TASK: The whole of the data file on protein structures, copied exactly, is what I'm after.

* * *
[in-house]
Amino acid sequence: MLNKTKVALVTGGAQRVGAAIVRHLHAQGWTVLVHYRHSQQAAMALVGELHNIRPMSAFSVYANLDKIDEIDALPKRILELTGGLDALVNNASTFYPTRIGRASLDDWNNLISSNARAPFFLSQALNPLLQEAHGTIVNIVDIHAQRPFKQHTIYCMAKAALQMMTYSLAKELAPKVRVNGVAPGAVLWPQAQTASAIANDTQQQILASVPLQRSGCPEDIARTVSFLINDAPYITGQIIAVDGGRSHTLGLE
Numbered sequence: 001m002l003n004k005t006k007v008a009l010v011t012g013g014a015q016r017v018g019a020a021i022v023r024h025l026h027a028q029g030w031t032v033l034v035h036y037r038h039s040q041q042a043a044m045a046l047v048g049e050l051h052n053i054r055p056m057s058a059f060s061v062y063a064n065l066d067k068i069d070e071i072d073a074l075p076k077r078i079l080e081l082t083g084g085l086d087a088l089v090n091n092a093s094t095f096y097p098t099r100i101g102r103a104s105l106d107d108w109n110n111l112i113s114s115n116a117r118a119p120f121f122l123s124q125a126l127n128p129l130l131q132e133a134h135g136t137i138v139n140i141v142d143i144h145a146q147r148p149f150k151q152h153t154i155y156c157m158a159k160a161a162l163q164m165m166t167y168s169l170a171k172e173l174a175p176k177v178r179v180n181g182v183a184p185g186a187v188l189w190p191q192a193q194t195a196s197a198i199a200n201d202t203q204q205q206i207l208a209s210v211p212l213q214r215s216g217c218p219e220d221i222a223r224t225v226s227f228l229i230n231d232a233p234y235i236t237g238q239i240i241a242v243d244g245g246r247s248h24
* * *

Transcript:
[in-house]
Amino acid sequence: MLNKTKVALVTGGAQRVGAAIVRHLHAQGWTVLVHYRHSQQAAMALVGELHNIRPMSAFSVYANLDKIDEIDALPKRILELTGGLDALVNNASTFYPTRIGRASLDDWNNLISSNARAPFFLSQALNPLLQEAHGTIVNIVDIHAQRPFKQHTIYCMAKAALQMMTYSLAKELAPKVRVNGVAPGAVLWPQAQTASAIANDTQQQILASVPLQRSGCPEDIARTVSFLINDAPYITGQIIAVDGGRSHTLGLE
Numbered sequence: 001m002l003n004k005t006k007v008a009l010v011t012g013g014a015q016r017v018g019a020a021i022v023r024h025l026h027a028q029g030w031t032v033l034v035h036y037r038h039s040q041q042a043a044m045a046l047v048g049e050l051h052n053i054r055p056m057s058a059f060s061v062y063a064n065l066d067k068i069d070e071i072d073a074l075p076k077r078i079l080e081l082t083g084g085l086d087a088l089v090n091n092a093s094t095f096y097p098t099r100i101g102r103a104s105l106d107d108w109n110n111l112i113s114s115n116a117r118a119p120f121f122l123s124q125a126l127n128p129l130l131q132e133a134h135g136t137i138v139n140i141v142d143i144h145a146q147r148p149f150k151q152h153t154i155y156c157m158a159k160a161a162l163q164m165m166t167y168s169l170a171k172e173l174a175p176k177v178r179v180n181g182v183a184p185g186a187v188l189w190p191q192a193q194t195a196s197a198i199a200n201d202t203q204q205q206i207l208a209s210v211p212l213q214r215s216g217c218p219e220d221i222a223r224t225v226s227f228l229i230n231d232a233p234y235i236t237g238q239i240i241a242v243d244g245g246r247s248h24